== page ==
Conservatives (I should point out that by conservatives I mean religious conservatives. This to me seems redundant but as there are a few non-religious conservatives out there and those few would undoubtedly find this blog were I not to make this distinction.) love to establish reputations of being pious and moral. This conservative morality is meant to be viewed as a superior kind of morality because it has the will of a creator god behind it - as if to insinuate that a moral atheist by definition cannot be "as moral" as a christian. When one of their flock is exposed as being just as human and just as prone to behavior that most would consider immoral it seems the attitude shifts quickly to one of shame and guilt. The paramount of morality becomes the picture of a repentant sinner and the person in question remains just as useful, simply painted in a different light.
No doubt the reaction from the christian community will be one that completely disregards the glaring hypocrisy and irresponsibility of Sanford's actions and will instead focus on the regretful man himself. Prepare for a barrage of 'Love the sinner, hate the sin.' and a soon to be announced 're-affirmation and strengthening of belief' coming from Sanford.
As a kind of intro to this blog I'd like to talk about Kurt Vonnegut. What better subject matter for the initial post of an atheist blog then to talk about the greatest influence in my life in regard to atheism. Interestingly, I had no idea that this was the case until just recently - a good 13 years after I began reading my first Vonnegut novel. It wasn't until Vonnegut's death that I realized that 1 - he was an atheist and 2 - I truly am an atheist as well.
Let me give a bit more personal back story for myself as reading that realization/affirmation scenario in and of itself makes me a skeptic of the validity of my own beliefs.
I was raised by a passive agnostic (recovering Catholic?) and a passionate atheist. I refer to my upbringing as being one of "atheist environment" rather than being raised an atheist because I was never directly spoken to regarding the subject until I was older and had already began to explore my own beliefs in regard to God in an environment completely outside the influence of my parent's opinion. I was not sent to atheist camp as a child, I didn't pray to mighty Atheismo each night before bed, and I had no doctrine of atheism which I was expected to learn and adhere to. The reason I make this distinction so clear is that I feel there is a big difference between being the kid of an atheist and being an atheist kid. Replace the term 'atheist' with any other belief/non belief system and the concept stands.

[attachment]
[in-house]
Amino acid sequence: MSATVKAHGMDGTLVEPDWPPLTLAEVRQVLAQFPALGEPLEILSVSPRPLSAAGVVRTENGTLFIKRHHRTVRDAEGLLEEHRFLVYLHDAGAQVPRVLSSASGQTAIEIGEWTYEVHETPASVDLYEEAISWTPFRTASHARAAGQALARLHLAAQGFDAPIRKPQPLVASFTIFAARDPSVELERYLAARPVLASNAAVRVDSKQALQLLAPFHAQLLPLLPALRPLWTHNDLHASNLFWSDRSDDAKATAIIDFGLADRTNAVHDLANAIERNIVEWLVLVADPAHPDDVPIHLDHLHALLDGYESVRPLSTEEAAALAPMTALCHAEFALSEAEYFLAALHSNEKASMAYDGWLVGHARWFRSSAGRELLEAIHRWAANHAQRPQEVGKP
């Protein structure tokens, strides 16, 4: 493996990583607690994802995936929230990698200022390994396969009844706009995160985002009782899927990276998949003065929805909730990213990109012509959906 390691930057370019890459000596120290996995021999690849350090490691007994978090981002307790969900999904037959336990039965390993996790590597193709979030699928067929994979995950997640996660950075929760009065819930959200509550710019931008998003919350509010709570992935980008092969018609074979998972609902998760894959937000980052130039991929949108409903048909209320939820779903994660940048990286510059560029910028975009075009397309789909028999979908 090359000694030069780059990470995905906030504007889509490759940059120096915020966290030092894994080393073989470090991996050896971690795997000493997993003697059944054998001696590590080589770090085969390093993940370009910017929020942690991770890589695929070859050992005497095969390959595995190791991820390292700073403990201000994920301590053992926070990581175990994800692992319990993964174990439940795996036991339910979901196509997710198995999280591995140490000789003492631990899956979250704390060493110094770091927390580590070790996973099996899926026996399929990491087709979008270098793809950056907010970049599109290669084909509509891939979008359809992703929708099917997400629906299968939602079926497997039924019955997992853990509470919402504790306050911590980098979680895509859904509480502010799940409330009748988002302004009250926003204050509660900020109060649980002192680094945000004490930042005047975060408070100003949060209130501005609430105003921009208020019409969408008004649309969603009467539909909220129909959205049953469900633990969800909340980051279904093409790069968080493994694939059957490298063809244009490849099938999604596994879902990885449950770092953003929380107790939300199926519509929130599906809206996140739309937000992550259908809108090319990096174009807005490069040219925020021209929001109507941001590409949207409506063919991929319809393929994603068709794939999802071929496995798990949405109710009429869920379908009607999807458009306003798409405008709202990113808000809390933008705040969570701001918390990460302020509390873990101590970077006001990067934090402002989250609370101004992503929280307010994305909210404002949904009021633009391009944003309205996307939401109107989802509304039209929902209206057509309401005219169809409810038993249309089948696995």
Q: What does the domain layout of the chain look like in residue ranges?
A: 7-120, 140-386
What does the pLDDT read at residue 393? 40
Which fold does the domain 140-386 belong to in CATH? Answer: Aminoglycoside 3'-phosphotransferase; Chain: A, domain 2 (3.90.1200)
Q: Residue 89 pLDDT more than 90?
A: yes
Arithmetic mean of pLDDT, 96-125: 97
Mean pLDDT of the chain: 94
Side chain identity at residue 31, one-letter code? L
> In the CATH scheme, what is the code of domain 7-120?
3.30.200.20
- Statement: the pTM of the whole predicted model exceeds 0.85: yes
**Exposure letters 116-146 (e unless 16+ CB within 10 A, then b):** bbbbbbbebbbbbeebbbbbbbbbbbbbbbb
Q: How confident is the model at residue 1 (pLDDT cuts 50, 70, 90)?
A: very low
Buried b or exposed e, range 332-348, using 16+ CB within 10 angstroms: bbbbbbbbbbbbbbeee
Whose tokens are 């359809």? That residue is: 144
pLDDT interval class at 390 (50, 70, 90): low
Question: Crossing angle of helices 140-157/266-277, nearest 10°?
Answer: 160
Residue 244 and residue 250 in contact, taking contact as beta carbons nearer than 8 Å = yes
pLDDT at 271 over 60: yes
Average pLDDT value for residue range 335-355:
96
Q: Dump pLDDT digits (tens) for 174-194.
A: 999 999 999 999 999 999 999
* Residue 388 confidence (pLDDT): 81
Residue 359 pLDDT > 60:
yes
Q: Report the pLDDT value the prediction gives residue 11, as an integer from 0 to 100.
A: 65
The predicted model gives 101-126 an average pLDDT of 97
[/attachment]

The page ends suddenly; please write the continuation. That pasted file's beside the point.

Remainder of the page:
My attitude toward religion has consistently been an anthropological one, I never bought into it but I always found it fascinating. I collected rosaries for a while when I was younger and for a solid year I was dedicated to drawing oil pastel sketches of churches. I have always found profound beauty in the products of people who would consider themselves profoundly religious. As for religion itself - there is nothing more awful, more hateful, more exclusive and isolating. Given all of this, I still didn't consider myself an atheist even though an outsider's opinion would have probably placed me in the center of the atheist crowd without question.
Back to Vonnegut. Kurt Vonnegut died April 11th 2007 and it hit me hard as my own dad had died two months earlier. When my dad died I thought a lot about religion. Indeed it's difficult not to think about religion when every other person you talk to is trying to cheer you up with stories of an imagined after-life which the person who died didn't even believe in. I thought about my dad and about how angry he was in regard to religion and by proxy, the religious. Considering this, I realized that I didn't want to become that 'angry atheist' that people (often religious people) bemoaned and caricatured. I didn't want to be defined and categorized by my atheism so I decided that I must not be atheist.
When Vonnegut died I thought about his writing. I thought about how kind of a person he seemed, even when being scathingly sarcastic or even overtly critical, and how I would love to be remembered in the same light. I decided after his death to look into Kurt Vonnegut the person. While the man was alive I fully enjoyed Kurt Vonnegut the author and had no interest in what I would consider invading his personal life by snooping around interviews which the man freely and happily gave. In death, I felt it more appropriate to learn what I could about his beliefs, his past, everything. It was when I learned that Kurt Vonnegut, the man I personally regarded as an example of the best you could be in this world, was an atheist that I realized that I was an atheist as well.
I'm not the same kind of atheist as my dad - I don't disregard people of faith as idiots because of little more information about them besides the fact that they are people of faith. I'm not the same kind of atheist as Vonnegut either - he himself said that he was an atheist who spent far too much time being dragged to church and that is something I could never do at this point in my life as I regard all of organized religion to be a negative influence on society. What Vonnegut taught me, or perhaps what I realized in reading about Vonnegut and seeing the vast contrast between him and my dad, is that while belief is well known to be as personal and exclusive to the individual as a fingerprint, lack of belief follows the exact same pattern of individuality.
This is not an atheist blog to represent atheism or even atheists - this is my atheist blog and a representation of my atheism being presented as a means for communication and expansion of thought. Welcome.